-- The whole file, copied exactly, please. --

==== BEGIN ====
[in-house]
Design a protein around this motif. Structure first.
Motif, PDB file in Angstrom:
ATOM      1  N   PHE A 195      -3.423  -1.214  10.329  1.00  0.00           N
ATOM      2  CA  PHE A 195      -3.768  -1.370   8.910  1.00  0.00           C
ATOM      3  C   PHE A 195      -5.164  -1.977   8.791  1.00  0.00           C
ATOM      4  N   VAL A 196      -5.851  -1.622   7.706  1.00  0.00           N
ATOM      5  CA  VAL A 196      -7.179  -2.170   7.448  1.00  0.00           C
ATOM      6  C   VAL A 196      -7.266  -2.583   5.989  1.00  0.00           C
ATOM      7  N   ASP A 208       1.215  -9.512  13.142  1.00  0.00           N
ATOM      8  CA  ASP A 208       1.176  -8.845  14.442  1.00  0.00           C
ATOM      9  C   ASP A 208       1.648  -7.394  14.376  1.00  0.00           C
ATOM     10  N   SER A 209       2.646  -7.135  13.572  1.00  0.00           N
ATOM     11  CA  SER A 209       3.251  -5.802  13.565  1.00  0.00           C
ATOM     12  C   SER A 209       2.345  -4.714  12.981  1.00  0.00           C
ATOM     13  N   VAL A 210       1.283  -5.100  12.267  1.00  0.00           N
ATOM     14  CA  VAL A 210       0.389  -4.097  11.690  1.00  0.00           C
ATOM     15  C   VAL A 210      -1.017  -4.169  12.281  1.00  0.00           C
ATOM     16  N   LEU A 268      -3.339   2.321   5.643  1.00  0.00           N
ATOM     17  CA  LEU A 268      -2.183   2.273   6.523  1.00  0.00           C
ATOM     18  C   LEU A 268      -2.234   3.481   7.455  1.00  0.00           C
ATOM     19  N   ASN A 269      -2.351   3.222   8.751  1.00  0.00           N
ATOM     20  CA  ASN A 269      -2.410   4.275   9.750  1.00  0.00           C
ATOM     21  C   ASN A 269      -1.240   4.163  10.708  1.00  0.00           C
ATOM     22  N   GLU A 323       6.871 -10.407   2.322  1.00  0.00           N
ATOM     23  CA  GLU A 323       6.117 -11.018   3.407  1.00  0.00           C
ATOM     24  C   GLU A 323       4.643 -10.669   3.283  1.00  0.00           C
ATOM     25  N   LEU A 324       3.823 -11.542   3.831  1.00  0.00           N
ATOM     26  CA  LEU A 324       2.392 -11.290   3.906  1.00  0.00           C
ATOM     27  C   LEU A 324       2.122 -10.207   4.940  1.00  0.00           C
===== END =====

[in-house]
Design a protein around this motif. Structure first.
Motif, PDB file in Angstrom:
ATOM      1  N   PHE A 195      -3.423  -1.214  10.329  1.00  0.00           N
ATOM      2  CA  PHE A 195      -3.768  -1.370   8.910  1.00  0.00           C
ATOM      3  C   PHE A 195      -5.164  -1.977   8.791  1.00  0.00           C
ATOM      4  N   VAL A 196      -5.851  -1.622   7.706  1.00  0.00           N
ATOM      5  CA  VAL A 196      -7.179  -2.170   7.448  1.00  0.00           C
ATOM      6  C   VAL A 196      -7.266  -2.583   5.989  1.00  0.00           C
ATOM      7  N   ASP A 208       1.215  -9.512  13.142  1.00  0.00           N
ATOM      8  CA  ASP A 208       1.176  -8.845  14.442  1.00  0.00           C
ATOM      9  C   ASP A 208       1.648  -7.394  14.376  1.00  0.00           C
ATOM     10  N   SER A 209       2.646  -7.135  13.572  1.00  0.00           N
ATOM     11  CA  SER A 209       3.251  -5.802  13.565  1.00  0.00           C
ATOM     12  C   SER A 209       2.345  -4.714  12.981  1.00  0.00           C
ATOM     13  N   VAL A 210       1.283  -5.100  12.267  1.00  0.00           N
ATOM     14  CA  VAL A 210       0.389  -4.097  11.690  1.00  0.00           C
ATOM     15  C   VAL A 210      -1.017  -4.169  12.281  1.00  0.00           C
ATOM     16  N   LEU A 268      -3.339   2.321   5.643  1.00  0.00           N
ATOM     17  CA  LEU A 268      -2.183   2.273   6.523  1.00  0.00           C
ATOM     18  C   LEU A 268      -2.234   3.481   7.455  1.00  0.00           C
ATOM     19  N   ASN A 269      -2.351   3.222   8.751  1.00  0.00           N
ATOM     20  CA  ASN A 269      -2.410   4.275   9.750  1.00  0.00           C
ATOM     21  C   ASN A 269      -1.240   4.163  10.708  1.00  0.00           C
ATOM     22  N   GLU A 323       6.871 -10.407   2.322  1.00  0.00           N
ATOM     23  CA  GLU A 323       6.117 -11.018   3.407  1.00  0.00           C
ATOM     24  C   GLU A 323       4.643 -10.669   3.283  1.00  0.00           C
ATOM     25  N   LEU A 324       3.823 -11.542   3.831  1.00  0.00           N
ATOM     26  CA  LEU A 324       2.392 -11.290   3.906  1.00  0.00           C
ATOM     27  C   LEU A 324       2.122 -10.207   4.940  1.00  0.00           C